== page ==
The Mason City Globe-Gazette from Mason City, Iowa on January 14, 1943 · Page 17
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The Mason City Globe-Gazette from Mason City, Iowa · Page 17

Mason City, Iowa
Issue Date:
Thursday, January 14, 1943
Page 17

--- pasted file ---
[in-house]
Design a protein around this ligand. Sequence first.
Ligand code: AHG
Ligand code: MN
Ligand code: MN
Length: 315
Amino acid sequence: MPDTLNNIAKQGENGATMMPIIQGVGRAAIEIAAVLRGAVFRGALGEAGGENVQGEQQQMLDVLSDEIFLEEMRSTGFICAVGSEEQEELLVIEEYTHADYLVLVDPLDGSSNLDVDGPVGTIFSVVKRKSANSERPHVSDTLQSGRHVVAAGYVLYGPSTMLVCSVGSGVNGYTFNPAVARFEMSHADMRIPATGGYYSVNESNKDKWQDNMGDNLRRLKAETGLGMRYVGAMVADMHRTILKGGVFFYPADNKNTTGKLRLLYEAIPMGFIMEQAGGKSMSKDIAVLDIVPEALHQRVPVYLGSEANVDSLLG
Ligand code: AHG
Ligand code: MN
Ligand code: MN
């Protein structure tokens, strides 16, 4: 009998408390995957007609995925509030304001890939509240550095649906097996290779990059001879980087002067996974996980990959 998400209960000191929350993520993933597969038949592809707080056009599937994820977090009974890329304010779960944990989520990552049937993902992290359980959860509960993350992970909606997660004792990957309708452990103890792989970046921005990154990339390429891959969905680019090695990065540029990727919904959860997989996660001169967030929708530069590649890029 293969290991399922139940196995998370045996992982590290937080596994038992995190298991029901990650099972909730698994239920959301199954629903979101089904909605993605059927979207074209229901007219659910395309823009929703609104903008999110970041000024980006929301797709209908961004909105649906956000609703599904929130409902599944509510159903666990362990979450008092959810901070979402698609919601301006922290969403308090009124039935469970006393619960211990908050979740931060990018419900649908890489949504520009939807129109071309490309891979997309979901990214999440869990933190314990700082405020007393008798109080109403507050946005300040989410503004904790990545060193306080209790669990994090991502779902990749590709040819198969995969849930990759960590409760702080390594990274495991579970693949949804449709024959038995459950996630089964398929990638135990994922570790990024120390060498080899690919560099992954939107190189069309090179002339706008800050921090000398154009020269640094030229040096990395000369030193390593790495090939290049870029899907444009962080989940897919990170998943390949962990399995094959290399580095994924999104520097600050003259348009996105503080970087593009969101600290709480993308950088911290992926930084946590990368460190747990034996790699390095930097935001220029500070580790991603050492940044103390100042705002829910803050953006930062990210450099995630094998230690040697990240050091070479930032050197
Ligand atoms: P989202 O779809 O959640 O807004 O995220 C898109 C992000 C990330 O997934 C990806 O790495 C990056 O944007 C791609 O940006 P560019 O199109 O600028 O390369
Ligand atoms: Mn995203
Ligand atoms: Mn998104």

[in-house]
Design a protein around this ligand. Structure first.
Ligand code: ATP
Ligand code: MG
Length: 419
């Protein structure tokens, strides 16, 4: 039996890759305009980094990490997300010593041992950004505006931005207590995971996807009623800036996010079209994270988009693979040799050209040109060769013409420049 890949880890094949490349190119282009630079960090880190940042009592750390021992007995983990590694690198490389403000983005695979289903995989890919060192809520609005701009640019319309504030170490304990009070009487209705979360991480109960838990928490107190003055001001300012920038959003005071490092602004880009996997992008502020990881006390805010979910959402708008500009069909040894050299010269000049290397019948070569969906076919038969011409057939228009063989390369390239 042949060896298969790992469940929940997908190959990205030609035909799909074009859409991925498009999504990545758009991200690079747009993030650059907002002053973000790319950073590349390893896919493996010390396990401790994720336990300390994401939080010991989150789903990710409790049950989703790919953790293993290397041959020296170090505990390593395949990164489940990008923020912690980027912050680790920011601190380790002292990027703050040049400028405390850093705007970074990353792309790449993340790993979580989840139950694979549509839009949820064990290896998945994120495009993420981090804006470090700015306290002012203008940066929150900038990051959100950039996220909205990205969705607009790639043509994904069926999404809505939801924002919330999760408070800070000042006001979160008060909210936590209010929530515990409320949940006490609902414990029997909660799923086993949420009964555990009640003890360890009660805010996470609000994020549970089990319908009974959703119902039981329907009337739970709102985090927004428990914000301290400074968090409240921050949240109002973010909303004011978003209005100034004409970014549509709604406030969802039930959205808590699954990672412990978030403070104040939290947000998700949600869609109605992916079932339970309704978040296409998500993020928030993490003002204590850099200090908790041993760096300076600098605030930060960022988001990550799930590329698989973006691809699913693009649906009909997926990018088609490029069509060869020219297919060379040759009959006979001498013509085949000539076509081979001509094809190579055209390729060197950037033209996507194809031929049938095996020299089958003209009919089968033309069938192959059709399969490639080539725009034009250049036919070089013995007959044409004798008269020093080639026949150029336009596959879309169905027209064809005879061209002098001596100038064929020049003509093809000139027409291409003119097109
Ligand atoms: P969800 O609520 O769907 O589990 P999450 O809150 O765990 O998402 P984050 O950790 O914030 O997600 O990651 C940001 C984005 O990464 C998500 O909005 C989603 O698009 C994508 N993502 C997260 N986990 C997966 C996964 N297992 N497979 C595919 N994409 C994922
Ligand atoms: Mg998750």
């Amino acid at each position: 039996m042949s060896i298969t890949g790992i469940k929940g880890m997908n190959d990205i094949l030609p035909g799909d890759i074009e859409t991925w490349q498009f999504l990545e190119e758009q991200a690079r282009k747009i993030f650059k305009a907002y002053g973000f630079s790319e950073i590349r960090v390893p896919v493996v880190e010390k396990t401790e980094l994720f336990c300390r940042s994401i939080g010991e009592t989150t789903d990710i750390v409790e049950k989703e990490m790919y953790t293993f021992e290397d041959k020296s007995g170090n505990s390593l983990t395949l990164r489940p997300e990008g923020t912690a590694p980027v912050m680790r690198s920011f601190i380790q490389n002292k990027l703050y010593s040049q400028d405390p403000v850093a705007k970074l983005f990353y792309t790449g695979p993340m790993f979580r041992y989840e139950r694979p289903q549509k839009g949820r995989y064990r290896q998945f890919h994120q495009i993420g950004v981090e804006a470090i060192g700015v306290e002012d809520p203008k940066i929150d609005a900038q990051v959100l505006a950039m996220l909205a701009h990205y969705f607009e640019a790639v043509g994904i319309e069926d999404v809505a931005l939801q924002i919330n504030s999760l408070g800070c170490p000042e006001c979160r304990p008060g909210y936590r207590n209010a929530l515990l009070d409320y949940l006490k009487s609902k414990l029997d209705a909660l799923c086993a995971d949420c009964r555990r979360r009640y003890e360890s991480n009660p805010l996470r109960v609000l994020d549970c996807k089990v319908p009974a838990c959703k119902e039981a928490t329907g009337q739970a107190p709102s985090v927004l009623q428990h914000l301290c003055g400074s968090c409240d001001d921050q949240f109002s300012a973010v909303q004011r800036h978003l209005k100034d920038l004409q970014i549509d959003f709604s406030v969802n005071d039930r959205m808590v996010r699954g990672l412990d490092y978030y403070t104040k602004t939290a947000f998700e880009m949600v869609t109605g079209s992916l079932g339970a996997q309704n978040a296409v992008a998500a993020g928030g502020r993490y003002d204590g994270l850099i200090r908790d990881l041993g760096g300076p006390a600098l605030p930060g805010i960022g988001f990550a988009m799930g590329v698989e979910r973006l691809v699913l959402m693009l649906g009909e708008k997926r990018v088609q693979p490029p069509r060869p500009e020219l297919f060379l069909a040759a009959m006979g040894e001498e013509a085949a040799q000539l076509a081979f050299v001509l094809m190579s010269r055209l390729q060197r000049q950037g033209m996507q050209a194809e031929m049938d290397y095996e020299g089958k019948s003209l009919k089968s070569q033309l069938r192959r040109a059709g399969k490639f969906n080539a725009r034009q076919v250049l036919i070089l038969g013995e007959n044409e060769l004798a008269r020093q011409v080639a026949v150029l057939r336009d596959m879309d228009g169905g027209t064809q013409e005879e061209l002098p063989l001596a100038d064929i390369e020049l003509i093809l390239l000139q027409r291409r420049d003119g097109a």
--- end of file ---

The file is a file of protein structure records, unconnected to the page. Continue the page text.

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^Embattled £Q\ Ht^Pfcfc *^ / OPfMjf r~ BDl £"TJ*IAJ ^^^^"^ - --***- MASON CITY GLOBE-GAZETTE CHAPTER FORTY-TWO RESTtt'ICK CARNES was right. Aoby planned to sleep in her clothes. In fact, most passengers on the Lorelei had that same intention. "If Pierre knew I was going to sleep in this wool traveling suit, he'd have 16 fits. He was the most fastidious o£ my husbands--that is, after he started spending my money. Until then, he had some baggy flannel trousers and a dress suit that some tenor had given him in Milan and two painter's smocks. But after we were married, no South American parrot had more glorious plumage. And that was when--" "You're rambling a bit, Abby," Paige commented in a stony voice that helped Abby get a grip'on her nerves. The older woman's shoulders slumped. "Yes. So I was." She said nothing more., but Paige watched her put some vitamin pills into a rubberized packet which she then carefully wedged into the zipper pocket of her suit-jacket along with money and a strand of pearls. The captain of the Lorelei made his speech to the passengers at 5 o'clock. Although everyone knew by that time pretty much what had happened, they were there nevertheless, crowded into the salon, spilling out into the reading room and writing room. His words merely confirmed shipboard rumors. "Ladies and gentlemen, we are in a state of war. Pearl Harbor was attacked this morning by the Japanese. I do not know the exact extent of damage, so please do not ask me any questions along those lines. I have the difficult task of getting almost a thousand persons to ths mainland. I am following a zig-zag course and we are making top speed. I shall do everything in tny power to see 'you safely ashore." Contrary to their feelings of earlier in the day everyone seemed to want to get away from the crowd. The slim comfort of individual quarters seemed more desirable. Many wore life belts. Their chagrin had been lightened by the captain's condoning their faint-lieartedness. ''Do not feel ashamed. Do not let anyone who makes fun of you make you feel ashamed" he said. Abby and Paige filtered away with the rest. On the lanai they again took up the gin rummy game that they had been playing before they went to hear the captain's speech. Not only then, but (hey had played practically all afternoon. There were no diversions. No horse races. No bingo. No slot machines. No dancing promised for the evening 1 Abby shivered. "I detest this fog." '·So do the Japs." The little woman's eyes flared. "You've got something there, darling. And I was too selfish to think of it." She slapped a protective hand over the cards as the Lorelei swooped so far over that the card table swooped along with it. The sea had been almost even with their closed lanai windows. "Hev, the captain is really taking this thing through the drink 1 , isn't he?" The globeless lamp fell and baskets of flowers skidded across the floor as speed again threw the ship low. Though it was good to know that the fast roughness was a result of the captain's exerting every effort to rush them to safety, it at the same time emphasized their danger. At dinner everyone tried to be gay, but it was farcical. Disgusting, even, lor one heard, "Order an especially delicious dinner. Eat a lot. It may be your last, you know." Sophomoric wise-cracks that annoyed everyone, even those who said them. No one loitered longer than necessary at his table, because it was the lowest section of the ship and seemed more frightening, also because the waiters were on watch duty that night and in a hurry to finish their serviirg. "Let's go to our room," suggested Abby, "and have a cigaret, then go to bed." They went up in the elevator with its one tiny light clouded in midnight blue paint, stumbled along dark hallways and into their room. Duly the reading lamps at the top of the bods had been left in and even they were covered with bath towels. Towels were also an extra precaution over ihe blackout windows between the room and the lanai. "Funny," Abby said, "I don't feel like talking. I suddenly don't even want to talk about any of my husbands and that is most irregular." She had not sat down. She was walking around the room, stretching to her tallest, straightest position. "I felt bad enough before dinner and now I feel worse. That abysmally unhealthy dinner of filet mignou and baked Alaska. I won't sleep a wink." '·Nor would you if you'd had crackers and milk," Paige told her. "Let's slip out on the lanai --. a while and listen to the water. Perhaps it will make us sleepy." The glass bedroom door had been blacked out. as had the windows, but not the double doors :hat looked on to the sea from the 'anai. The bedroom lights had to DC turned out before they dared go outside. They felt their way with their hands and lay down on ihe rattan chaise lounges. Briefly Paige thought back to her trip with Rusty on Hie IMazatlan. She and the Lorelei were sister boats aut the comparison,'in view of the situation, was so grim as to make a person hysterical. That trip with Rusty seemed like something that Happened years ago. Abby was not being lulled by the ,'aters. It lapping did not possess the quality of lulling. Abby described it perfectly. "Sounds darn cold and clammy and wet down there in Davy Jones' habitat." "Let's go back," Paige said quickly. Again the two women stumbled through the blackness into their room, fished for the tiny chains of their alloted lamps then lay down, fully clothed, to wait for the morning. At approximately the same hour. SCOTT'S SCRAP BOOK By R.J. SCOTT WILL PRODUCE.THREE K OHE SEASON? WOULD EXCEEDS IK RANtEUR -friE. MIRRORS, RIBBONS. . WORM fEC INDIANS IK _^_ AU. DAr-DANCES m SUJXAPAM VILLAGE, ( DAILY CROSSWORD ACROSS 1. Cut, as wood 5. Infant 9. Frolic 10. Antelope 12. Ascertained the weight deduction 13. To call out 14. On the summit 15. Recluse IS, Polish 17. Thin stratum 18. State (abbr.) 19. Applauded 21. Cash 22. Exclamation 23. Help 24. Not coarse 25. Storage crib 26. Chance 27. Implement 29. Obstacle 30. Land measure 32. Sphere 33. White ant 35. Masurium {sym.) 3. Dwarf 3". Weaken 38. Be present at 40. Part of ear 41 .Thin fabric 42. Pertaining to Pope 43. Ear shell 44. Objects of Worship 45. Cliques 46. Spread grass to dry DOWN l.Knifelike implement 2. Spanish "'eight 3. Cry 4. Male nickname 5. Decapitate 6. Warning 7. Soothing ointment 8. Stimulate 3. Stiffening agent 11. Senility 15. JCotice 17. Whirl 20. Bucket 21. Undressed hide 24. To till the soil 25. Short for Robert 26. Male red (Jeer 27. Pulpy food 28. Public speakers 29. Fold over 30. Kettledrums 31. Repulses 33. Those who adjust 34. Small crustacean 36. Rent again f Answer 39. Ascertain the speed of 40. Draw water 42. Abyss CRTPTOQtJOTE--A cryptogram quotation O K T P H H L E F V O Y N N J Y M R ; K G G Y I N Y H L E F V O Y N M L Y N K O Y I H -- N Y I Y U M . TMt«rday'n Cryptoquote: FOR TRUTH IS TRUTH TO THE END OF THE RECKONING--SHAKESPEARE. THURSDAY, JANUARY 14, 1943 because of the diflerence in time, dusk was Hearing in Honolulu. Restwick Carnes drove as swiftly as he dared so he and Choppo would reach the Royal Hawaiian before the blackout. Ue lost no lime in telephoning Eugenia. While he waited for her la answer his call he' again was touched by the same fanatical obsession thai had gripped him whoa overpowered by Jiio. The insolent incredulity of such things happening to Restwick Carnes III. That was how he felt. "Come on over, Eugenia," he invited, "and we'll have dinner together. I'm too weak to go out." In answer to a remark, lie made a gesture of irritation. "Oh, now, Eugenia, f think even the most prudish etiquette would tell you it's O. K., considering the circumstances." Choppo jerked the phone from him. "Listen, buttercup, Rusty and me has been out fighting a war today. It's a heck of a time for you to get coy. Stop giving out that double talk and get over here and help me nurse Rusty," The man's annoyance at feeling so light headed, so incapable of. motion, was no worse than Eugenia's annoyance at having been, as she expressed it, neglected all day. Ill humor descended upon her married fiance like the fury of a locust plague on a tender crop. "Pipe down'." ground out Choppo. Rusty said nothing. He lay, eyes closed, not moving. The girl ignored the little red- .haired boy, to address Rusty again. "Dear me, now you're all tired out playing soldier. How sad!" she jeered. "Chasing around all day,' BOARD AND ROOM By GENE AHERN 1 TOLD -rCLi THE JUDGE \S OUT BOWLING / AND CEASH THAT K55P ipue AR_V,S FOLDED, EP, OR. HE'LL STEAL. BLANKET/-- OtJCE IM TEXAS / HE STOLE 8 MILES OF BARBED V/IR.S OFF A RANCH WITHOUT PULLING A THREAD OUT OF HIS WOOL ^^^ MITTENS . o ° A3OJT ME BEING MODEST MAIDENS "Do IHAFTA stay up till ya finish that mys- tay novel?" STRICTLY PRIVATE" dtsuric Rtnittrrf V, S. F*'.at Offl;* WAT W\ TV)' THIHS VtXi LBWiEfc I TOLD AWI AlfiKT GET A CHANCE TO GOTO AIR CORfeSCHOOL SMe \UEWT ?X\ ~ CUT «« KWD A PRNATt TUTOR... ST I QDNW!CS *£. IHIAS HJKKH A P.S..UHUT 1 HEED NSXT 1==, A 1-14 Choppo answered the door and ook a tray from a waiter. ''Farm e:" he gmnted, deliberately jumping Eusenki with his bony knees as he drew close to the man n the bod. "Here's your raw .teak juice, IJusty. It'll help make up for your blood." Gently the girl sank to the bed and pried the glass from Choppo's 'ngers. ''I'll hold it. Oh, darling." e said to Rusty, 'Tin so ashamed. I didn't know." Her blond head dropped to his chest in a caress, then lifted so that her brown eyes were gazing into his. "So ashamed," she repeated. "It's just that I've been so frightened here all alone." '·Frightened'.'" croaked Choppo. '·Haw! Haw! I'm laughiiV. You ain't scared of nothin'. A gal who can swing from one lanai to the next one just like old Daniel CORCHY SMITH Boone on his grapevine swing in the picture books--" "Choppo, dear, I don't know what you're talking about." She patted his arm in a way that, instead of petting, thrust him aside. "I'm talking about the day you swung on to Rusty's and Paige's lanai and got into that hair-pullnf with Paige about the jewelry in her purse." (To Be Continued) LUTHERAN* NAME OFFICERS COULTER--At the annual Lutheran church meeting, Nels C. Pcderscn was the new member elected to succeed Jim Johausen, on the church board. Others elected were Harry Lind, deacon; Martin Johansen, president; Andrew Sorcnson, secretary; Clarence Jx-Jrson, treasurer, and HerliCt Yt- ?.en, board member. Ey FRANK ROBBINS MUGGS AND SKEETER BIG SISTER- -By WALLY BISHOP By LES FORGRAVE OAKY DOAKS WBS I SOCKED HIM A BIT TOO HARD NO! TWATS ALL RIGHT! IF ME'LL, JUST STAY TriAT SVAV TILL- TILL WHAT? sou VOL) AGAINST T^ESE WOODS .' UICK NCW, BEFORE HE FINDS OuT I KNOW ABOJT HIM AMD MIS INTO / DOiMG Ml PAL. WONDER WHY HE SOCKEO . HIS PAL TUAT \VAY .' -^ _ By R .6. FULLER I BET VOU'P BE SCARED TD KHOCK A CHIP OFF MY SHOULDER-IF I HAD A CM\P WAIT, SIR SLJCK- I'U- GIVE VDO OKIE ' USE MV TOOTHPICK CHUMS-BuT I WANT IT BACK.' f DOUBLE PARE /WHO? YA--YA - FRAIDY-CAT/ ^ By PAUL ROBINSON I'M 6OHW6 Our OF 0 ETTA KETT BRICK BRADFORD _ K.-^Jlty^ By WILLIAM R ITT omf ^CLARENCE "5RAY THQHG5 ARMY iSON-rHEMftRCB-AED BY H15 U)t!-WNECATAPULTS OTOErtWftl}R10R5CARI?V.Ag/IORED.ftTTflCfcgftROES ADVENTURES OF PATSY By CHARLES RAAB HAl CLEANING THE CHINA CLOSETS!! I SHALL MAKE WORK OF WHAT WOULD SEEM A WQUMTAJMOU DICKIE DARE SHOULD I CALL TH' t^r,^ , MO HMe! III. fASr£ rMT GUY a W ef£ HM/A StIOWBAU, 6K IH'LAV RUN! By COULTON WAUGH